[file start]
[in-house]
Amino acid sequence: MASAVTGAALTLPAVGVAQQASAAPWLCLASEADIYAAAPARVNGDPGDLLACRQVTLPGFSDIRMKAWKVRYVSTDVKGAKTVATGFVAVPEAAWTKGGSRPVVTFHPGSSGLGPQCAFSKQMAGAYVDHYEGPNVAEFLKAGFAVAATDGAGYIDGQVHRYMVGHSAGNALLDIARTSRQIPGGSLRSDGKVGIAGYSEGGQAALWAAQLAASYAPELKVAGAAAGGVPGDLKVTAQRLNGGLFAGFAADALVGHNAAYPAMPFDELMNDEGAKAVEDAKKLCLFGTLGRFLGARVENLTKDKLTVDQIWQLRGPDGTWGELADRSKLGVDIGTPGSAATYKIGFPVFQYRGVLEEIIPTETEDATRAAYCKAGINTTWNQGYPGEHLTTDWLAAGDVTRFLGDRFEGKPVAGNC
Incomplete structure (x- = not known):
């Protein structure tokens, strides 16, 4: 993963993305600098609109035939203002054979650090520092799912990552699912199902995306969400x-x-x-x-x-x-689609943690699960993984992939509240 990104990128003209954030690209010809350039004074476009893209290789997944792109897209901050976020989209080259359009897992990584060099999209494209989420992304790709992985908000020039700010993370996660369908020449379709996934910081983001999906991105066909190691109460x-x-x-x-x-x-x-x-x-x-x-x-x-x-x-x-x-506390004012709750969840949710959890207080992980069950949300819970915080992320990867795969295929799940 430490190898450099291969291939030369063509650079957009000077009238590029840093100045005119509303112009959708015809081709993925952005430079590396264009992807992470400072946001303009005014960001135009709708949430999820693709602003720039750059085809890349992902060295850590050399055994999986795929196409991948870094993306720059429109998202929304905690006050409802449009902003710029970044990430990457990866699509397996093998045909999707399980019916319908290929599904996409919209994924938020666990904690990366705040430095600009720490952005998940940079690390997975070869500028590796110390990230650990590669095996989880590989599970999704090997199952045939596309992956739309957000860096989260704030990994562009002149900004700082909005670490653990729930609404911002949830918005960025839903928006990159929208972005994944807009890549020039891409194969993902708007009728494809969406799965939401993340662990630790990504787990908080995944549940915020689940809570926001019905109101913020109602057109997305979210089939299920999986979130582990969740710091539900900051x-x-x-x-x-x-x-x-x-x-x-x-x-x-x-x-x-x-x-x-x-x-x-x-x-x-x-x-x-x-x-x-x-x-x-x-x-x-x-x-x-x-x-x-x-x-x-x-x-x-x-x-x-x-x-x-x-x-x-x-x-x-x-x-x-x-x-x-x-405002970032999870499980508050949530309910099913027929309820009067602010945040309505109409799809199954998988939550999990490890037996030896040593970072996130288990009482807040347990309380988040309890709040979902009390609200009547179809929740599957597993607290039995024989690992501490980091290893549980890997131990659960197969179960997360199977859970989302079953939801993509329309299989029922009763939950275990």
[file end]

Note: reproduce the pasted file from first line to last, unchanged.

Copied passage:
[in-house]
Amino acid sequence: MASAVTGAALTLPAVGVAQQASAAPWLCLASEADIYAAAPARVNGDPGDLLACRQVTLPGFSDIRMKAWKVRYVSTDVKGAKTVATGFVAVPEAAWTKGGSRPVVTFHPGSSGLGPQCAFSKQMAGAYVDHYEGPNVAEFLKAGFAVAATDGAGYIDGQVHRYMVGHSAGNALLDIARTSRQIPGGSLRSDGKVGIAGYSEGGQAALWAAQLAASYAPELKVAGAAAGGVPGDLKVTAQRLNGGLFAGFAADALVGHNAAYPAMPFDELMNDEGAKAVEDAKKLCLFGTLGRFLGARVENLTKDKLTVDQIWQLRGPDGTWGELADRSKLGVDIGTPGSAATYKIGFPVFQYRGVLEEIIPTETEDATRAAYCKAGINTTWNQGYPGEHLTTDWLAAGDVTRFLGDRFEGKPVAGNC
Incomplete structure (x- = not known):
């Protein structure tokens, strides 16, 4: 993963993305600098609109035939203002054979650090520092799912990552699912199902995306969400x-x-x-x-x-x-689609943690699960993984992939509240 990104990128003209954030690209010809350039004074476009893209290789997944792109897209901050976020989209080259359009897992990584060099999209494209989420992304790709992985908000020039700010993370996660369908020449379709996934910081983001999906991105066909190691109460x-x-x-x-x-x-x-x-x-x-x-x-x-x-x-x-x-506390004012709750969840949710959890207080992980069950949300819970915080992320990867795969295929799940 430490190898450099291969291939030369063509650079957009000077009238590029840093100045005119509303112009959708015809081709993925952005430079590396264009992807992470400072946001303009005014960001135009709708949430999820693709602003720039750059085809890349992902060295850590050399055994999986795929196409991948870094993306720059429109998202929304905690006050409802449009902003710029970044990430990457990866699509397996093998045909999707399980019916319908290929599904996409919209994924938020666990904690990366705040430095600009720490952005998940940079690390997975070869500028590796110390990230650990590669095996989880590989599970999704090997199952045939596309992956739309957000860096989260704030990994562009002149900004700082909005670490653990729930609404911002949830918005960025839903928006990159929208972005994944807009890549020039891409194969993902708007009728494809969406799965939401993340662990630790990504787990908080995944549940915020689940809570926001019905109101913020109602057109997305979210089939299920999986979130582990969740710091539900900051x-x-x-x-x-x-x-x-x-x-x-x-x-x-x-x-x-x-x-x-x-x-x-x-x-x-x-x-x-x-x-x-x-x-x-x-x-x-x-x-x-x-x-x-x-x-x-x-x-x-x-x-x-x-x-x-x-x-x-x-x-x-x-x-x-x-x-x-x-405002970032999870499980508050949530309910099913027929309820009067602010945040309505109409799809199954998988939550999990490890037996030896040593970072996130288990009482807040347990309380988040309890709040979902009390609200009547179809929740599957597993607290039995024989690992501490980091290893549980890997131990659960197969179960997360199977859970989302079953939801993509329309299989029922009763939950275990």